Files in This Item:
File Format
b1516164.mp4Streaming VideoView/Open
Title: Trust but Verify: The Science of Climate Treaty Verification
Originating Office: IAS
Speaker: Fung, Inez
Issue Date: 28-Oct-2015
Event Date: 28-Oct-2015
Group/Series/Folder: Record Group 8.15 - Institute for Advanced Study
Series 3 - Audio-visual Materials
Location: 8.15:3 EF
Notes: IAS distinguished lecture.
Title from opening screen.
Abstract: The world's nations are gathering to pledge targets for future greenhouse gas emissions. How well can we determine whether a nation is meeting its emission targets? Gases are mixed rapid, albeit incompletely, in the atmosphere. This rapid mixing confounds the problem of climate treaty verification. In this lecture, the speaker will discuss the Measurement, Reporting and Verification (MRV) of climate treaty verification. The new satellite, the Orbital Carbon Observatory 2, successfully launched on July 2 2014, delivers unprecedented observations of CO₂ variations in the atmosphere. The speaker and her research group present a 'top-down' approach for estimating carbon dioxide emissions from the atmospheric CO₂ variations. Satellite and in situ CO₂ observations together with raw weather observations are assimilated into a global carbon- climate model, so that surface sources and sinks of CO₂ can be inferred as that required for mass conservation.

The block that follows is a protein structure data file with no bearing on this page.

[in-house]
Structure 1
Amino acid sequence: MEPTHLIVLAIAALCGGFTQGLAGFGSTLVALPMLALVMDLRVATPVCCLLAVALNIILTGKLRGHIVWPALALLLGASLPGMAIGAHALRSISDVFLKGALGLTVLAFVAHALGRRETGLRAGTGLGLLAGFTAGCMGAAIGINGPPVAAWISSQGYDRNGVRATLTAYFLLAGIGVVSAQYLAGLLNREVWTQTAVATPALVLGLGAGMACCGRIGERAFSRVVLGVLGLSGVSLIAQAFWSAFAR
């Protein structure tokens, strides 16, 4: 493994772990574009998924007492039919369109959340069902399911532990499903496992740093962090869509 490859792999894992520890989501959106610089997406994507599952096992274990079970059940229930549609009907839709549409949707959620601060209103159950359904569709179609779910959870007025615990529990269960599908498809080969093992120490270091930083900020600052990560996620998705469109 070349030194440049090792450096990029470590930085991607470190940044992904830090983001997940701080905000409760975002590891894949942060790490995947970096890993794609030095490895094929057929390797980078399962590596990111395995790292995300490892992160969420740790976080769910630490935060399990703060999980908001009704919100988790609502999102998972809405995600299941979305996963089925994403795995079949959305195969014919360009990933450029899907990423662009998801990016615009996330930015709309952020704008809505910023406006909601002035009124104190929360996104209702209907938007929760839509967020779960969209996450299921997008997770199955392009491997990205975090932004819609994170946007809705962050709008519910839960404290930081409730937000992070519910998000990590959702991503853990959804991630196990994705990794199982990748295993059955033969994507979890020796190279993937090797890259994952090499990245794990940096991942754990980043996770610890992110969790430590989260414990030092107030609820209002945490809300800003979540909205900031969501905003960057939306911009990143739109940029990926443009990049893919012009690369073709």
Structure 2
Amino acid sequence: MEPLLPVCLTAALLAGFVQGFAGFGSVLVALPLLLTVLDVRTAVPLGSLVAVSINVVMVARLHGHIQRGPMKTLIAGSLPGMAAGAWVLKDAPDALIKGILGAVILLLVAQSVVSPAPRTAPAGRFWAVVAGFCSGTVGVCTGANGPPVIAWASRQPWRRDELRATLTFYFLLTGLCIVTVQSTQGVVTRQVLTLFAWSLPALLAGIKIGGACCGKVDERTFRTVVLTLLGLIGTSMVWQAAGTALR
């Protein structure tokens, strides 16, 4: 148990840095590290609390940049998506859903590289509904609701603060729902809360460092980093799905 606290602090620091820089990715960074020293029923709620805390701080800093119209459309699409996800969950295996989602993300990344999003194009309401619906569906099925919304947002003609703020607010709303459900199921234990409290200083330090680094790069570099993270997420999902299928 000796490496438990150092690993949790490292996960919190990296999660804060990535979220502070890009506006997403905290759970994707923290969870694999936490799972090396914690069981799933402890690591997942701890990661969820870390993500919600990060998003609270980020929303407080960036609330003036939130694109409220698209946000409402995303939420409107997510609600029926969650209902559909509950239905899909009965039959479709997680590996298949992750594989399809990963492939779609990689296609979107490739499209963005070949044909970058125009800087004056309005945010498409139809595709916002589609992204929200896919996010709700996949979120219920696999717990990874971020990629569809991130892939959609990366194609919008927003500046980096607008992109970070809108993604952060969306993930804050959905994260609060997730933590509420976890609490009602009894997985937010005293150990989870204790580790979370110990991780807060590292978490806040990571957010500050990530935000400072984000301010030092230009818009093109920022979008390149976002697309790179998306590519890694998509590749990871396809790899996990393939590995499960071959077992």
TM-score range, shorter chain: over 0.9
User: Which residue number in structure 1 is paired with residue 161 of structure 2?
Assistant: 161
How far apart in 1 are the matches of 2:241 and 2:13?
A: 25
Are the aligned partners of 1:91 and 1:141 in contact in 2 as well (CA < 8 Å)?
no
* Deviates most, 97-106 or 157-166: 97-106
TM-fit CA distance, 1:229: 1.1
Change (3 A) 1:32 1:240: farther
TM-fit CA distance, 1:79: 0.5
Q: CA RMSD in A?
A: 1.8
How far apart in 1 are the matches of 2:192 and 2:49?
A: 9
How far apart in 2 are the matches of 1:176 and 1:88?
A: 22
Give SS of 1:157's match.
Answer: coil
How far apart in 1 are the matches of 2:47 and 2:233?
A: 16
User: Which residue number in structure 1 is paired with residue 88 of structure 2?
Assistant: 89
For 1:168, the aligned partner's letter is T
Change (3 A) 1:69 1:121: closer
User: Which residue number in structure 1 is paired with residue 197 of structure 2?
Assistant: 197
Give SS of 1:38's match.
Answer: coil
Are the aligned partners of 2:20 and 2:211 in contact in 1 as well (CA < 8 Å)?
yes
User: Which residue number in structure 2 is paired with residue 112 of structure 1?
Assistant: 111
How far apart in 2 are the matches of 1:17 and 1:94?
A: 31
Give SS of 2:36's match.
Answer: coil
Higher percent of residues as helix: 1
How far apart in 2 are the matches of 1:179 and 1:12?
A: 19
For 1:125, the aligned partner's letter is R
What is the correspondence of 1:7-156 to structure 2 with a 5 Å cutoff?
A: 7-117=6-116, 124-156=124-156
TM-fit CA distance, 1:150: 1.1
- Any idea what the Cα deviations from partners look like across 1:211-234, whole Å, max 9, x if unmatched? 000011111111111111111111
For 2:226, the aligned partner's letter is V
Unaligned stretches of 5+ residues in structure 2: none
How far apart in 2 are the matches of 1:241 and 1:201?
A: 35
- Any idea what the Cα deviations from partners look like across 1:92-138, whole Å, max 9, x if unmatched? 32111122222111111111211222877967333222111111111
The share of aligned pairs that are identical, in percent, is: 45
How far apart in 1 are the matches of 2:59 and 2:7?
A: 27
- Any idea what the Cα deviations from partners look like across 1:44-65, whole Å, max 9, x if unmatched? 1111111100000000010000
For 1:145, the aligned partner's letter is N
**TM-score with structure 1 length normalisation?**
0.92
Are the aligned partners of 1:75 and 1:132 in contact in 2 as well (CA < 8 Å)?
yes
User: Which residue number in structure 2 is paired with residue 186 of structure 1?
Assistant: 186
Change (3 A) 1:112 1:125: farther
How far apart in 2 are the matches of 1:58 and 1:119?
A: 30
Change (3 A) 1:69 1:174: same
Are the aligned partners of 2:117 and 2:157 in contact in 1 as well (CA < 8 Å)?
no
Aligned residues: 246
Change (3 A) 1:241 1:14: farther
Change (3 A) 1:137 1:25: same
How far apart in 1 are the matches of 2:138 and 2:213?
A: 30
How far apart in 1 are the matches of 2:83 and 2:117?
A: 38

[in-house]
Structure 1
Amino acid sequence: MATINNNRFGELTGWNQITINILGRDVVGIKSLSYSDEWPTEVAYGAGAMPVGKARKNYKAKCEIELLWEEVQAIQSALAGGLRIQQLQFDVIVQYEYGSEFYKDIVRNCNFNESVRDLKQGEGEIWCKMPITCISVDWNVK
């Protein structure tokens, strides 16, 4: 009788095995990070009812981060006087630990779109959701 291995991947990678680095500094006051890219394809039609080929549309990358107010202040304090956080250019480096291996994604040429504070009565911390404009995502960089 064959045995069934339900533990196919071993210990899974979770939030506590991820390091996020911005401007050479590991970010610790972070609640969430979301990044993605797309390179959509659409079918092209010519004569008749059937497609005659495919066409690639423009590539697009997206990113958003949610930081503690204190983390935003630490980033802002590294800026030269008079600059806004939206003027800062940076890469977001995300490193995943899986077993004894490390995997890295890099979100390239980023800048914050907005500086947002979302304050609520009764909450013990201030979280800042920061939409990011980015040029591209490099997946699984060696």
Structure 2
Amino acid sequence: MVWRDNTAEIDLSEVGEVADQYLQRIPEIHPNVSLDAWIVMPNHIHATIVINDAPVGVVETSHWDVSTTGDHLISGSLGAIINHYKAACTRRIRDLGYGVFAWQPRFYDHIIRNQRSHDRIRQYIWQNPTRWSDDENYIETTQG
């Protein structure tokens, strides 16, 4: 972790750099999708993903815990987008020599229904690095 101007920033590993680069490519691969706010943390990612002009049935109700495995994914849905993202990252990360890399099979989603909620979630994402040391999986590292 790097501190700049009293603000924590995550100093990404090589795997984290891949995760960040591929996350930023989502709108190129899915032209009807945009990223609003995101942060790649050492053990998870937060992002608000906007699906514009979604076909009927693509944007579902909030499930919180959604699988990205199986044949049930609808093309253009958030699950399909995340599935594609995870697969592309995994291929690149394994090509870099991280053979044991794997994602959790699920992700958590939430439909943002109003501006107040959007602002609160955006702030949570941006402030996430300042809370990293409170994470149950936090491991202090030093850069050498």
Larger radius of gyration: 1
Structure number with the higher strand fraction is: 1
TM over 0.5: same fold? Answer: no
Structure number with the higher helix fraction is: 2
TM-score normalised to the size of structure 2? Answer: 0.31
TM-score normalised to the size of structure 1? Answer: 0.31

Prof Inez Fung received her S.B. in Applied Mathematics and her Sc.D. in Meteorology from Massachusetts Institute of Technology. In 1998, she joined the University of California at Berkeley as the founding director of the Berkeley Atmospheric Sciences Center and she was also the founding director of the Berkeley Institute of the Environment. She is currently Professor of Atmospheric Science at UC Berkeley.
Prof Fung's research focuses on understanding and predicting the causes and consequences of changes in the abundance of climatically-significant trace species in the atmosphere. Her group develops and applies large-scale mathematical modeling approaches and numerical models to represent the geographic and temporal variations of sources and sinks of carbon dioxide, methane, dust and other trace substances around the globe; the transport and mixing of trace constituents by atmospheric circulation; and the interaction of these trace constituents with climate.
Prof Fung is a member of the US National Academy of Sciences and of Academia Sinica (Taiwan); a fellow of the American Geophysical Union and the American Meteorological Society. She was also appointed to the US National Science Board in 2012. She has received numerous awards including the NASA's Exceptional Scientific Achievement Medal, the Roger Revelle Medal from the American Geophysical Union, and a Distinguished Achievement Award for climate system modeling from the US National Center for Atmospheric Research. She contributed to the United Nations' Intergovernmental Panel for Climate Change, which was awarded the Nobel Peace Prize in 2007.
Duration: 75 min.
Appears in Series:8.15:3 - Audio-visual Materials
Videos for Public -- Distinguished Lectures